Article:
Start-Up Diaries: Helping Techs Advance Their Education


May 13, 2015

Photo: ©

Help educate your techs by developing a vocabulary test for them to take during the slow months. Photo: ©

I love to play Scrabble. Growing up on a farm in Nebraska, our winter days were long and weekends even longer. (Imagine your cable was out and you only had two VHS tapes* to watch: “Quilting with Grandma” or “Weeding for Beginners,” then double the boring factor.) A typical Saturday for me entailed feeding chickens in the morning, splitting wood in the afternoon and reading Louis L’Amour books in the evening.

To keep us busy, Mom used to play canasta, dominoes, cribbage, Monopoly, Yahtzee and Scrabble with me and my siblings. I still love all of these games, but to this day, it’s Scrabble that gets my blood flowing. There’s nothing like slapping a Q or a Z down on a Triple-Word, Double-Letter Score play.

Now that I’m older with two boys of my own (11 and 17), I’ve tried getting my kids to play Scrabble with me. But they prefer Tri-Ominos, Skip-Bo and Pay Day. My love of spelling has rubbed off a little though: My younger son, Caleb, won this year’s McHenry Middle School Sixth Grade Spelling Bee.

I’ll take relevance for 500, Alex
What in the W-O-R-L-D does Scrabble have to do with pest management? Well, it just so happens I developed a vocabulary test for my techs to take during the slow months of November, December, January and March.

The first month I tried the test, it was fantastic. Three of my techs took the test, and they only missed two words out of a potential 60. The test was no cakewalk, either. While there were some softballs (IPM, bait shyness, anticoagulant), there were some challenging terms, such as neophobia, commensal and sheathing.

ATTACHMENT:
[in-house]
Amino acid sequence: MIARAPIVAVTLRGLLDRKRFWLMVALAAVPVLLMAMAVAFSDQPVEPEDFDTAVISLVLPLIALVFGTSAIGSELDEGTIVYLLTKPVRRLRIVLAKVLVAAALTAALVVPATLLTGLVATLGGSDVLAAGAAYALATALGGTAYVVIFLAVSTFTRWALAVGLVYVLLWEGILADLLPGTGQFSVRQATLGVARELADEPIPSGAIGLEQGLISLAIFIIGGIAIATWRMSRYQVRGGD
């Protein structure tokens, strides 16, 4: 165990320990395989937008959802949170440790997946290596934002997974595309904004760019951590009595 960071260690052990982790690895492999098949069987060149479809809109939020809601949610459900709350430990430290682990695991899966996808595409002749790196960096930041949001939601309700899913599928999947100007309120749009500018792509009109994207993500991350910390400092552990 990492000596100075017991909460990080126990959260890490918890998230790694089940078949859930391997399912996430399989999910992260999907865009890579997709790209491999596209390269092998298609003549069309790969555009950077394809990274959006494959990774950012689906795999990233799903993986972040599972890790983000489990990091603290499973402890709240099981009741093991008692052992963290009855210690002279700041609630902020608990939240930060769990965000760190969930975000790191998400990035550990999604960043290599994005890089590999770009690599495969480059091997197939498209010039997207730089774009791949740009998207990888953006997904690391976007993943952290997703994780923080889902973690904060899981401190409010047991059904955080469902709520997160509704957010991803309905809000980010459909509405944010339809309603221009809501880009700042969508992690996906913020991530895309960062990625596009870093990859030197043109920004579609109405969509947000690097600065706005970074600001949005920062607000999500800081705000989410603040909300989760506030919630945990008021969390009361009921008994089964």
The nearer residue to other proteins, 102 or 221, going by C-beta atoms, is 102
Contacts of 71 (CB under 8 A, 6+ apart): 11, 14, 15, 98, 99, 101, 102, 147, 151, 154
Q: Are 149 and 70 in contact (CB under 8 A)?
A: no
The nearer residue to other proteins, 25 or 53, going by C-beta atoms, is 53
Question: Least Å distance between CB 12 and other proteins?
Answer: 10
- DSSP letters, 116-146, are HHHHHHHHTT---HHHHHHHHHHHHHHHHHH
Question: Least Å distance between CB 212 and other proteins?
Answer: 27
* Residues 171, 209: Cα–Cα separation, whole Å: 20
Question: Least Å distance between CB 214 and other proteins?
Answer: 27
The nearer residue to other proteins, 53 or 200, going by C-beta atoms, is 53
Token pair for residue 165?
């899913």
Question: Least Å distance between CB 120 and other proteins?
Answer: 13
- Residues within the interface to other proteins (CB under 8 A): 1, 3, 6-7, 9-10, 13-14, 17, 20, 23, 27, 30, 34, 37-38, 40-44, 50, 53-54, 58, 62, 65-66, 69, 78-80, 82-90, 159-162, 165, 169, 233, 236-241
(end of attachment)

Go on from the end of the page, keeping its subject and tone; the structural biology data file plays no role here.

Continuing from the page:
I initiated the test because I felt my techs weren’t taking a large enough role in their education. You can preach until you’re blue in the face, but if employees aren’t into the idea, the education process will stall. Therefore, I gave the techs a chance to earn extra money. There was a catch: The reward would be a dollar for every correct answer. The punishment would be a week of training with me if they failed.
Believe it or not, the punishment far outweighed the reward for at least one of my techs. He told me he didn’t want another week of training under my T-U-T-E-L-A-G-E.

I eased them into the process by giving them five words per week to study, leading to an end-of-month test consisting of 20 words. Not only did I provide them with each study word. I gave them the proper definition as well. They also received a study sheet that corresponded to the vocabulary words.

I took another 25 questions from the handout and gave them $2 for every correct answer. For example, during January, the vocabulary words and handout had to do with mice. Before the test, my techs probably would have had a tough time explaining the difference between B-R-O-M-E-T-H-A-L-I-N and B-R-O-D-I-F-A-C-O-U-M, but now they can with ease.

The reason we’re only going to administer the test during the winter months is obvious. When it’s high season, I’d rather have my techs focus on controlling pests and not worry about spending a week training with me if they fail. Considering my techs average $1,000 each day during the summer, that would be a $5,000 training session! (We also won’t do February because of the lack of an extra day.)

I’ve already started working on the next lesson. It’s going to be on the Q-U-I-N-T-E-S-S-E-N-T-I-A-L pantry pest, the Indianmeal moth. In the meantime, I’m going to try and start playing against my mom in the online version of Scrabble. We might be 1,000 miles apart, but we can still play our favorite game together. I can’t wait to try out E-C-T-O-P-A-R-A-S-I-T-E on her.

*Yes, kids, VHS tapes. Ask your parents.

Schopen’s Open Book
Start-up: Schopen Pest Solutions Inc.
Headquarters: McHenry, Ill.
Founder: Peter F. Schopen Jr.
Start-Up Date: April 11, 2006
Number of employees: nine
2006 Revenue: $97,235 (one employee)
2007 Revenue: $172,495 (one employee)
2008 Revenue: $203,732 (one employee)
2009 Revenue: $243,427 (two employees)
2010 Revenue: $325,960 (three employees)
2011 Revenue: $425,847 (four employees)
2012 Revenue: $489,887 (five employees)
2013 Revenue: $572,772 (six employees)
2014 Revenue: $710,000 (one part-time/six full-time employees)
2015 year-to-date (February): $78,992 (24% increase over 2014)
2015 Goal: $887,000

Schopen is owner and founder of Schopen Pest Solutions, McHenry, Ill. You can email him at or reach him via Twitter: @schopenpest; Instagram: @peteschopen; or Facebook: Schopen Pest Solutions, Inc.


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